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Showing posts from January 28, 2018

Indiana’s Waiver Approval Adds More Barriers to Medicaid Coverage

February 2, 2018   Joan Alker Following the recent approval of Kentucky’s waiver, Indiana becomes the second major waiver  approva l by the Trump Administration which establishes more barriers to Medicaid coverage. This is an unfortunate but not surprising turn of events. It’s worth noting that Indiana’s own evaluation shows numerous barriers to coverage already existing in  Indiana’s HIP 2.0 program , yet these are not addressed – in fact they are likely to worsen under the new terms and conditions. The most often highlighted of these is a work requirement – Indiana becomes the second state after Kentucky to receive CMS approval for this new approach – and likely the second state where litigation will be filed on this and other issues. (For a summary of the Kentucky case see  National Health Law Program’s summary .) Indiana’s work requirement has different twists and turns as compared to Kentucky’s (remember these waivers are extremely complex and hard to follow

Public Comment Period for A&D Waiver Renewal

The Public Comment Period for Medicaid Waiver Renewal is Open The Indiana Family and Social Service Administration (FSSA) Office of Medicaid Policy and Planning  (OMPP) and the Division of Aging (DA) intend to submit a proposed renewal to the Aged and Disabled Waiver (A&D) waiver and an updated version of the A&D waiver-specific Statewide. As part of the renewal process, FSSA is accepting public comment on the Waiver Renewal. To learn more about the renewal please click on the following link: The 30 day public comment period for the A&D renewal will run January 31, 2018 through March 2, 2018. Comments may be emailed to or mailed to the address below: FSSA–Division of Aging RE: A&D Renewal Public Comment 402 West Washington Street, Room W454 P.O. Box 7083 Indianapolis, IN 46207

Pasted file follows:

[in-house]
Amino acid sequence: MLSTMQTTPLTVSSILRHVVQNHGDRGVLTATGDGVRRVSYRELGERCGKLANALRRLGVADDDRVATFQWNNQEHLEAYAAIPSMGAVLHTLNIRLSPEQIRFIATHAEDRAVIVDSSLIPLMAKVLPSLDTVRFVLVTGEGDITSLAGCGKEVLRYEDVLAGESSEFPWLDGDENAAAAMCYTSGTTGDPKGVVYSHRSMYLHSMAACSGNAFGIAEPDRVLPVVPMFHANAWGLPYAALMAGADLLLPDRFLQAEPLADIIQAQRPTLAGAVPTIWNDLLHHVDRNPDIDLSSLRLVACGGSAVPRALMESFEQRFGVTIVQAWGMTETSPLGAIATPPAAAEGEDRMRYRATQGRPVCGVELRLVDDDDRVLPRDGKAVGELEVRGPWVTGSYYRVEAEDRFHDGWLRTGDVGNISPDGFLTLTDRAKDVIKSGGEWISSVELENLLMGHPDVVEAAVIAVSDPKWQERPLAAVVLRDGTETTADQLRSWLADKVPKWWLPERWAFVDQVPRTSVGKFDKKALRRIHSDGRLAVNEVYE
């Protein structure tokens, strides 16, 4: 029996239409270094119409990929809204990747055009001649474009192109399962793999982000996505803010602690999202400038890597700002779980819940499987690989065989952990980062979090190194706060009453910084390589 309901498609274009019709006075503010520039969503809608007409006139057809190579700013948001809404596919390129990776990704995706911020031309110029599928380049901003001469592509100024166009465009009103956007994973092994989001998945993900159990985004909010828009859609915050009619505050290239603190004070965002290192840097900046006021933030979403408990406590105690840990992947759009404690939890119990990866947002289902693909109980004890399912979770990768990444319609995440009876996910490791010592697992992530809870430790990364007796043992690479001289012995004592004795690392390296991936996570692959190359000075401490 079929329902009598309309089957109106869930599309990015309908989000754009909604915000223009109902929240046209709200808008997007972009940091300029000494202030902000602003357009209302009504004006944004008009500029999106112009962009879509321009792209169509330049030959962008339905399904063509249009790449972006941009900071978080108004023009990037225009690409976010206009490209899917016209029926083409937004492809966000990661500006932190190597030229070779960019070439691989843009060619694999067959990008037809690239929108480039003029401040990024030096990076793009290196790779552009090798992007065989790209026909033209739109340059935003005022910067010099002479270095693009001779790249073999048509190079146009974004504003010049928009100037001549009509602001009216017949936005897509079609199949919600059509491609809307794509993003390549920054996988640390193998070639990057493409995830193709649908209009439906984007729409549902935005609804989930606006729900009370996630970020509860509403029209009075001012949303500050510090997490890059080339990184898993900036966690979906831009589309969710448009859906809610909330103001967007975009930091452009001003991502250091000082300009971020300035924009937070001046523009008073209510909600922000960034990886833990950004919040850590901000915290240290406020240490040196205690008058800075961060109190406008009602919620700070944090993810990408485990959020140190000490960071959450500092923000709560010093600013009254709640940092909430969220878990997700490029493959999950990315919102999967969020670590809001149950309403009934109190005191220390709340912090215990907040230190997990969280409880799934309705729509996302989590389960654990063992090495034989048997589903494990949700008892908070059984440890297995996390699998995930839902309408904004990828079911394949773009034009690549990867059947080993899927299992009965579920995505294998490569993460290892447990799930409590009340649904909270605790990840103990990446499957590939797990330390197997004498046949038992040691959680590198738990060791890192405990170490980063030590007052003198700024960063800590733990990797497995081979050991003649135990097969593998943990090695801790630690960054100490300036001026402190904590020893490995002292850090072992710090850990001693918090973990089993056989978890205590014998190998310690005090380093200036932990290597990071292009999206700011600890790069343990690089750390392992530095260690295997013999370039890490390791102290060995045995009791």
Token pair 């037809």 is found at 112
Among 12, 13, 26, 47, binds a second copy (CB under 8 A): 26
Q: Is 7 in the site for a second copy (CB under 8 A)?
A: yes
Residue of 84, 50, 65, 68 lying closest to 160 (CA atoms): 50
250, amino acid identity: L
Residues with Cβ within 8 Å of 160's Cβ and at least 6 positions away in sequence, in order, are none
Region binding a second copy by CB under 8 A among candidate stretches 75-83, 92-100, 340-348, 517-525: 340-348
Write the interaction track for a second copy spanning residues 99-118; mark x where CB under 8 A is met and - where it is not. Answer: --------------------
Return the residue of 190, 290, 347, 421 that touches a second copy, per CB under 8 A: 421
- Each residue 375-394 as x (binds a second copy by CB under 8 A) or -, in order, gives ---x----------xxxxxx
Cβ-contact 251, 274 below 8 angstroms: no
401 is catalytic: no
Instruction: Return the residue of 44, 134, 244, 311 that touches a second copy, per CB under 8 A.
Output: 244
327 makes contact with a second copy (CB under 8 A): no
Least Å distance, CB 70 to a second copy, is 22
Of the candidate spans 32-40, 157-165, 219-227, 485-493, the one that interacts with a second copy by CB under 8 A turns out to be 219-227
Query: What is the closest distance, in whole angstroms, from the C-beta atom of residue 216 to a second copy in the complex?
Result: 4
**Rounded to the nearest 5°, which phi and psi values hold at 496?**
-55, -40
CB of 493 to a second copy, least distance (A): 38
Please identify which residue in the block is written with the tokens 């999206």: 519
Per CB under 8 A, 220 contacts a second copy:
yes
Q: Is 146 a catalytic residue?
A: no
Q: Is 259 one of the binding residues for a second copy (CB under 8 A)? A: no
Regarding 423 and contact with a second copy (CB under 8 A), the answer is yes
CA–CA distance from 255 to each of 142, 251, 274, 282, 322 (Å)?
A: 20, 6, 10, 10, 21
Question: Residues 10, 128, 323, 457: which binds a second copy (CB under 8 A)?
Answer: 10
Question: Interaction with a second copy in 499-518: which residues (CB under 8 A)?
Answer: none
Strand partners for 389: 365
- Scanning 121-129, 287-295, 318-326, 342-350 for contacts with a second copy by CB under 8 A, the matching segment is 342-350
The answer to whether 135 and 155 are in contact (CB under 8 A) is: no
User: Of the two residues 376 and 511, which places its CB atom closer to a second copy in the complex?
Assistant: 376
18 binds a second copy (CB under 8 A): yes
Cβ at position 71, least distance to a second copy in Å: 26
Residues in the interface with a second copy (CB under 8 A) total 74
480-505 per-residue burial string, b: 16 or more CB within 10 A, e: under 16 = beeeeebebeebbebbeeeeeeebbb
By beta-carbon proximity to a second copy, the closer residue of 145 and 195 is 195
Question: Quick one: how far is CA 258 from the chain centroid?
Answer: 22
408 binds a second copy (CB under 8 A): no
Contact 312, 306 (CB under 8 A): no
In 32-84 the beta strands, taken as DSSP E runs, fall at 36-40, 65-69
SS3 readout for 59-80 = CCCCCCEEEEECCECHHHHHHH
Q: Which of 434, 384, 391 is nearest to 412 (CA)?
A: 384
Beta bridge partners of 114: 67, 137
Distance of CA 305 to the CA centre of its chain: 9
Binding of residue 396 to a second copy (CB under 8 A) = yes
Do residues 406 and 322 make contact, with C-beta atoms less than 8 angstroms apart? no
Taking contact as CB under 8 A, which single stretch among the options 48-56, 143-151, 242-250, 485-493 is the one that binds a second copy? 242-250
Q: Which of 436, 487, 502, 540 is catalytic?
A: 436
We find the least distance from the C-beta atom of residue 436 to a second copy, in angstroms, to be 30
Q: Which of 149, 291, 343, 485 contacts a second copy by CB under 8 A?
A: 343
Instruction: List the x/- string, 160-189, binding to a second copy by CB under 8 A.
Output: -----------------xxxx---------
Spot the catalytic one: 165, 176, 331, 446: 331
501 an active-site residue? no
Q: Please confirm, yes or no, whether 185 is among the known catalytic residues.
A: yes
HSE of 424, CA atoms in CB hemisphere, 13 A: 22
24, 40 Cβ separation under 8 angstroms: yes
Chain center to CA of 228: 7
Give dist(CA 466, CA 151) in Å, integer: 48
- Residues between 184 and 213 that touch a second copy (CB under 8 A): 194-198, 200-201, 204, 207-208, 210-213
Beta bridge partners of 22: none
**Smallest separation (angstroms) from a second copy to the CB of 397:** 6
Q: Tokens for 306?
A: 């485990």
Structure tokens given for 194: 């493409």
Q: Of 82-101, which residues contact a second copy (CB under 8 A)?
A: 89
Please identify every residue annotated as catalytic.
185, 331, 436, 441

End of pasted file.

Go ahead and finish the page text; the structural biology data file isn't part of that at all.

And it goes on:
The Medical Home

Part of parenting is being in charge of your child's medical care. Usually, it's no big deal. You take your child to the same doctor every time for  routine checkups  and sick visits, and that's about all you need to do. But what if your child has to see many doctors or spend a lot of time in hospitals? What if your child needs multiple tests and procedures? When your child has a serious injury or medical condition, things can get complicated — and costly — very quickly. You need an approach to medical care that is focused on your child in a way that will ensure the right type of care, delivered as quickly as possible by people who communicate with each other regularly — all at a price you can afford. You need what's called a "medical home" for your child. What Does the Term "Medical Home" Mean? A medical home isn't a place like a hospital or doctor's office. In fact, it's not a place at all. It's more like a way of keeping

Accessing Training Funds from the Indiana Governor's Council for People with Disabilities

Contributed by Marci Wheeler, M.S.W. The Consumer Education Fund (CEF) implemented by the Indiana Governor’s Council for People with Disabilities (GPCPD) can help individuals with disabilities and family members with funding to participate in educational events. Educational activities include conferences, workshops, and other training formats as well as attendance at public forums, hearings, and task force meetings. The Consumer Education Fund (CEF) is designed and implemented to invest resources to support the participation of persons with disabilities and/or family members, who do not otherwise have the organizational or financial support, to attend educational events. Individuals or a sponsoring nonprofit agency or organization can request the forms and complete the paperwork. Upon request, an application that includes several forms, is promptly sent. Applications can be requested at any time and should be submitted no more than three months prior to the event. Completed